To be sure, I have been a participant in these debates at different points in my adult life. However I have come to believe that if we cannot unite around our common interests, then we consign ourselves to oblivion. My point here is simple. We are surrounded by a cacophony of ideas, a myriad of voices. I maintain that chief among all these is one singular objective—liberation. If our ideological positions precludes us from working in concert with our brothers and sisters, particularly those who think differently than we do, then we are not working in the interest of freedom, and are quite likely betraying our future.
There continues to be a great deal of fervor among our people as the search for ways to be African in the world renews itself with each generation. Kawaida Theory offers a number of critical insights into these questions.
Particularly, the urgent questions pertaining to African spirituality are taken up in Kawaida, identifying several basic areas of concern: ethical practice, the cultivation of wisdom, and service to one’s community–one’s people.
Kawaida’s approach to African spirituality articulates the important ways that African culture compels us to exist in the world as morally upright, intelligent and reflective, and with a deep sense of responsibility to reshape the world on behalf of our people and our future.
As I was waiting on the Metra train today, a woman was waving her hand, trying to get my attention. She told me that the train wouldn’t stop where I was standing. I moved closer to where she was standing and thanked her. We both acknowledged that it’s only funny to watch people run for the train when it isn’t you doing the running.
I was struck by this. I often observe people engaging in seemingly futile or misguided gestures, but am generally disinclined to dissuade them without actually knowing them. I found her generosity fascinating. I am reminded of the Ewe proverb that translates as, “Your goodness is not for yourself, but for others.”
Afterwards, she mentioned that the sky was beautiful today. I hadn’t even looked up at all today until then. She was right. The sky was beautiful. I was intrigued by her attentiveness to something like this. To have that kind of presence in one’s world is really wonderful.
This is what Chögyam Trungpa referred to as “nowness”, a sense of presence in one’s world. A grounding that connects us to the phenomenal world. We are often so focused elsewhere, that too much of this world goes unnoticed and unappreciated.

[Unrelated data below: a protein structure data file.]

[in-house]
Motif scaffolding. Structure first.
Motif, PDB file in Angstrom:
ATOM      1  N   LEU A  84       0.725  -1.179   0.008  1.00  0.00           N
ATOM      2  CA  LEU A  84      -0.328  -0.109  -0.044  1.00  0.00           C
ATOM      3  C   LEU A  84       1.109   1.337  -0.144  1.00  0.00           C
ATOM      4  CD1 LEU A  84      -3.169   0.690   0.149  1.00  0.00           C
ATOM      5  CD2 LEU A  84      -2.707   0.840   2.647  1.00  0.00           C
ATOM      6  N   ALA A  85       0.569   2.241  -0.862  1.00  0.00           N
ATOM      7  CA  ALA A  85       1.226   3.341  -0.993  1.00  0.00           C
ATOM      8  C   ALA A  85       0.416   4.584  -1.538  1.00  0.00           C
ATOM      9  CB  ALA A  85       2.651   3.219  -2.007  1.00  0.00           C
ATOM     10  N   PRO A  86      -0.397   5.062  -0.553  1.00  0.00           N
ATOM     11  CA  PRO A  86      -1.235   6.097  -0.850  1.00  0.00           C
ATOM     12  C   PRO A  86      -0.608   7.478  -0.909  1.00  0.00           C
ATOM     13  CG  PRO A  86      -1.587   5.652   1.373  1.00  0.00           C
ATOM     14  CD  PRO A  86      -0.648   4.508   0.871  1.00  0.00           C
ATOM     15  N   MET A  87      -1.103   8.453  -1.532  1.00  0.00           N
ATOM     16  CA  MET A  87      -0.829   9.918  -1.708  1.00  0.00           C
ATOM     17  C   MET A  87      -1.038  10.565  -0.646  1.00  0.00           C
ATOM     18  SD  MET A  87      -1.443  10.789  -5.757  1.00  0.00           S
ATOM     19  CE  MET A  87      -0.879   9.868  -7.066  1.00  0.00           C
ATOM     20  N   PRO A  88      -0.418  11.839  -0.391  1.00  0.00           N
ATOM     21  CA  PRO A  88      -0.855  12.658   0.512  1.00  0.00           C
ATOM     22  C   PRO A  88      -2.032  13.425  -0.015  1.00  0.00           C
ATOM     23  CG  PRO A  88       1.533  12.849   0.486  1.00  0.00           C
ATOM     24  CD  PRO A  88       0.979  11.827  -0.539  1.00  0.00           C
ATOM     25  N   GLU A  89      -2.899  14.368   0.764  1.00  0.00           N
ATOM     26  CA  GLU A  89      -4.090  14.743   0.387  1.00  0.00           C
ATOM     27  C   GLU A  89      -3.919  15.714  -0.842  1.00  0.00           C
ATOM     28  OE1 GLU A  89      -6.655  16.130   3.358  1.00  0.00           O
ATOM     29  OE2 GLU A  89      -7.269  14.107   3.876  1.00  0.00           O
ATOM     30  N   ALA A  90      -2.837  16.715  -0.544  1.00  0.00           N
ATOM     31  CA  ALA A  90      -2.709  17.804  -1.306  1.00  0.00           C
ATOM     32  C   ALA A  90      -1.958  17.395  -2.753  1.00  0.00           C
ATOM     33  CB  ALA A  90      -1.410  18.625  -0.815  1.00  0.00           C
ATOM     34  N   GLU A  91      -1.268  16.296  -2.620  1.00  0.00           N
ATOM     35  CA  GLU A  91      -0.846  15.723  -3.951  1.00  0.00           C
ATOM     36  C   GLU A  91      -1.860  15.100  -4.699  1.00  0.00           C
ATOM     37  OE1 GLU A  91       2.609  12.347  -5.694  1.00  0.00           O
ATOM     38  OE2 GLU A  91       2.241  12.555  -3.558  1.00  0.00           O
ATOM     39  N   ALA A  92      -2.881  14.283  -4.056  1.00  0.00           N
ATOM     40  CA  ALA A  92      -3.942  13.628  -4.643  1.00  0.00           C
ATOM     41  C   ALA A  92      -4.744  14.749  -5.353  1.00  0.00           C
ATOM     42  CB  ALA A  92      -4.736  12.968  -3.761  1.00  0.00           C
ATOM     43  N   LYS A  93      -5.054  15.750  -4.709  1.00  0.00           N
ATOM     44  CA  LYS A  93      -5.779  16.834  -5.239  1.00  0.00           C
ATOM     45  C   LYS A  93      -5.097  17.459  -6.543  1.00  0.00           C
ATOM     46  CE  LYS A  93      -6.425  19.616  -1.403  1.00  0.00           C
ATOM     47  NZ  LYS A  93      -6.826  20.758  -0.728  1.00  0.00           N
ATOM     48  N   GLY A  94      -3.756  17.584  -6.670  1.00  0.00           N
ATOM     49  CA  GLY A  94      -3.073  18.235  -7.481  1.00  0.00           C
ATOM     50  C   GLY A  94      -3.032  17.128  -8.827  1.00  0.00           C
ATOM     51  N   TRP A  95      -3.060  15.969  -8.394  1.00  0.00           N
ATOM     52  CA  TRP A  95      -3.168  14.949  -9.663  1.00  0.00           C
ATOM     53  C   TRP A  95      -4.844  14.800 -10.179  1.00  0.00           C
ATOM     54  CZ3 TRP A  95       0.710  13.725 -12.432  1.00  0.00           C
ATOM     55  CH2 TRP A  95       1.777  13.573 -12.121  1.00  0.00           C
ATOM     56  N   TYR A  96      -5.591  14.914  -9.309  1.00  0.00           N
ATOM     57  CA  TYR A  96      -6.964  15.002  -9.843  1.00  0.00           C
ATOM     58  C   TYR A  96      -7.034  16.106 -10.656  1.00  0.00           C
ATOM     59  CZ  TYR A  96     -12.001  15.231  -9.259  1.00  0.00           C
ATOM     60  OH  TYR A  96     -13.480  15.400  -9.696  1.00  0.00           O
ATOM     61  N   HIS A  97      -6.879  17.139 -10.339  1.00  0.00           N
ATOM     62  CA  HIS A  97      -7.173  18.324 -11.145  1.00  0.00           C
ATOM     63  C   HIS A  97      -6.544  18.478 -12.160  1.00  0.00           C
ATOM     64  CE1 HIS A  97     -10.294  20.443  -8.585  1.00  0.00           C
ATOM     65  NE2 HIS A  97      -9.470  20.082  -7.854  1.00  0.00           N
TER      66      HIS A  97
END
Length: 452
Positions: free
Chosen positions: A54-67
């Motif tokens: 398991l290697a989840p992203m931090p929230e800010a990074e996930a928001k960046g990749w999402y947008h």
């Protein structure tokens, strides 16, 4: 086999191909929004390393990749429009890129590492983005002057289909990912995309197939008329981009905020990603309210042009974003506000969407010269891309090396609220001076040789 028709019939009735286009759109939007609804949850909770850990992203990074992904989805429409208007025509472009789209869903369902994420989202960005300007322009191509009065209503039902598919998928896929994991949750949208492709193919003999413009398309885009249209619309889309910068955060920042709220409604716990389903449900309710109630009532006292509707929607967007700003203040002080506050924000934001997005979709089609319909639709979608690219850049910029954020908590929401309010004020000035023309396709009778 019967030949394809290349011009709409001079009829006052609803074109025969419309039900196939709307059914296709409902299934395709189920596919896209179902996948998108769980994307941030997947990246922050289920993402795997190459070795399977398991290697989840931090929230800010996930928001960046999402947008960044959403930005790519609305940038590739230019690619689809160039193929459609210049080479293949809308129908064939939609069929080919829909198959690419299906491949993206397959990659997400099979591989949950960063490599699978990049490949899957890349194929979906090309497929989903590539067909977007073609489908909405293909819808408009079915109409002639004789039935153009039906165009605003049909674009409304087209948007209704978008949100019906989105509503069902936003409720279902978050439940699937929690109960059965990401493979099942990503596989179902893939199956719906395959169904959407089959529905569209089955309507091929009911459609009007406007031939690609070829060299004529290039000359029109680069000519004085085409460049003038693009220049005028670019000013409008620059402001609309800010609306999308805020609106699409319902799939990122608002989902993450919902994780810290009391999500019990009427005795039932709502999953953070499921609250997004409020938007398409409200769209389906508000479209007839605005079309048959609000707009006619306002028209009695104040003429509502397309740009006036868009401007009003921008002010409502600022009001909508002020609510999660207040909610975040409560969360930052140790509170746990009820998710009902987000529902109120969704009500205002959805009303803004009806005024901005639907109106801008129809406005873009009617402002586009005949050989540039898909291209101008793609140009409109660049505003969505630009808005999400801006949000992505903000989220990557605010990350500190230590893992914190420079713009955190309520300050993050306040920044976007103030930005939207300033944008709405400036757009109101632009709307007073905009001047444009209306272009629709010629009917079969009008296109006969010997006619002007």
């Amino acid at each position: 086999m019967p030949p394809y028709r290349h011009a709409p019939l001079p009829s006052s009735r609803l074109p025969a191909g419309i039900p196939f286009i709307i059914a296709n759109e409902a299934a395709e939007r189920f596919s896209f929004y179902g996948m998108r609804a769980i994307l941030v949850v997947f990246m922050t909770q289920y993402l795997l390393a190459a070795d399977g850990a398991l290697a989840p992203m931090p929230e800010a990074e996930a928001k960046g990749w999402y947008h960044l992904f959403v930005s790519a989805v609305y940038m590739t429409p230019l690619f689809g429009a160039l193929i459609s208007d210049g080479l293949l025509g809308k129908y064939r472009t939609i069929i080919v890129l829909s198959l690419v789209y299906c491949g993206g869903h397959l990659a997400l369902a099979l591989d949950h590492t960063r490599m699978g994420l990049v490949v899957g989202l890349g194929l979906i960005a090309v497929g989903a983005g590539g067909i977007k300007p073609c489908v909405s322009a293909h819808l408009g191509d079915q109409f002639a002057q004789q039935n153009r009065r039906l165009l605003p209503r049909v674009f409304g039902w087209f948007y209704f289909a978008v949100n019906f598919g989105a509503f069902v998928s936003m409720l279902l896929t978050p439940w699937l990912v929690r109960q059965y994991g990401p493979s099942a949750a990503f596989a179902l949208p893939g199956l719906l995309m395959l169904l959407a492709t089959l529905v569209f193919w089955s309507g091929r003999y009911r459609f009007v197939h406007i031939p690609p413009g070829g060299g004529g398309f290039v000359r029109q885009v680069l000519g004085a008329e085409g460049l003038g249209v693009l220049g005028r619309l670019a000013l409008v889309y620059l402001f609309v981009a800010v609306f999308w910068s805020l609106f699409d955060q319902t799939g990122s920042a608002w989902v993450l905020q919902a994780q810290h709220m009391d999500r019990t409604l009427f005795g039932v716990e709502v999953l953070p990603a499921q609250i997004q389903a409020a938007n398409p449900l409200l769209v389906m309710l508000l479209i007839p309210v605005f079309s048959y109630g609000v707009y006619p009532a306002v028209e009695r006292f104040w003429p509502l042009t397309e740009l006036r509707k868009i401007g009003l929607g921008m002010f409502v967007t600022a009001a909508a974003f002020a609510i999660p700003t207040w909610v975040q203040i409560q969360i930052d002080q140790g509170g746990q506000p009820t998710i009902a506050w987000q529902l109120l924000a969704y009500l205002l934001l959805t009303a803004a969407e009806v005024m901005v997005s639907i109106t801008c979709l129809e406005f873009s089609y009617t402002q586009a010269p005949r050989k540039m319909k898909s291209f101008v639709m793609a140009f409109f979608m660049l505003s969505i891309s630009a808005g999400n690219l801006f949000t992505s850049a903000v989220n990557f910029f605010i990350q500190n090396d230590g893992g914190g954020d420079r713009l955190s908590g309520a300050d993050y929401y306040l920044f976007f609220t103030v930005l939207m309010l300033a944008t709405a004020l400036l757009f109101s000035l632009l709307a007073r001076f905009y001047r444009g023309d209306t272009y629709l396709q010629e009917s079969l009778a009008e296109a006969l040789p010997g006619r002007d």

The train came a short while later, stopping a few feet from where she stood, but about 40 feet from where I initially was. If not for her, I would have had to run for it.
Many years ago, when at the Sankɔfa Conference, Baba Agyei Akoto observed that one of the primary tensions in the lives of African people is the struggle between tradition and modernity. He argued that many of our people have grown estranged from our traditions as they have progressively embraced the dominant Western paradigm, and with it, its notions of progress and universality.
This tension is dramatized in wonderful fashion in Julie Dash’s film, The Daughters of the Dust. In the film a Gullah family prepares to move to the mainland. The struggles surrounding the move were not merely logistical, but also epistemological and ontological as the relevance and perseverance of the African way was an indelible issue to be confronted. Thus, the Gullah Islands represented the spatial locus of tradition, while the mainland represented modernity’s locus—and their potential estrangement or alienation from tradition.
I fear that this drama has not only played itself out in the lives of African people, but that it continually plays itself out the world over at least for the past three or more centuries. We are confronted by a social and political order, ultimately a cultural order that decries tradition, our tradition as anachronistic—that it is outmoded, dated and irrelevant. And while we have not universally ventured towards the setting sun (that is the Western horizon) as the presumed apex of human possibility, it possible that most of us have been fundamentally decentered due to the disruption and destabilization of African life as a result of the Maafa. Thus, much of what has survived as our tradition, is often fragmentary, or worse corrupted.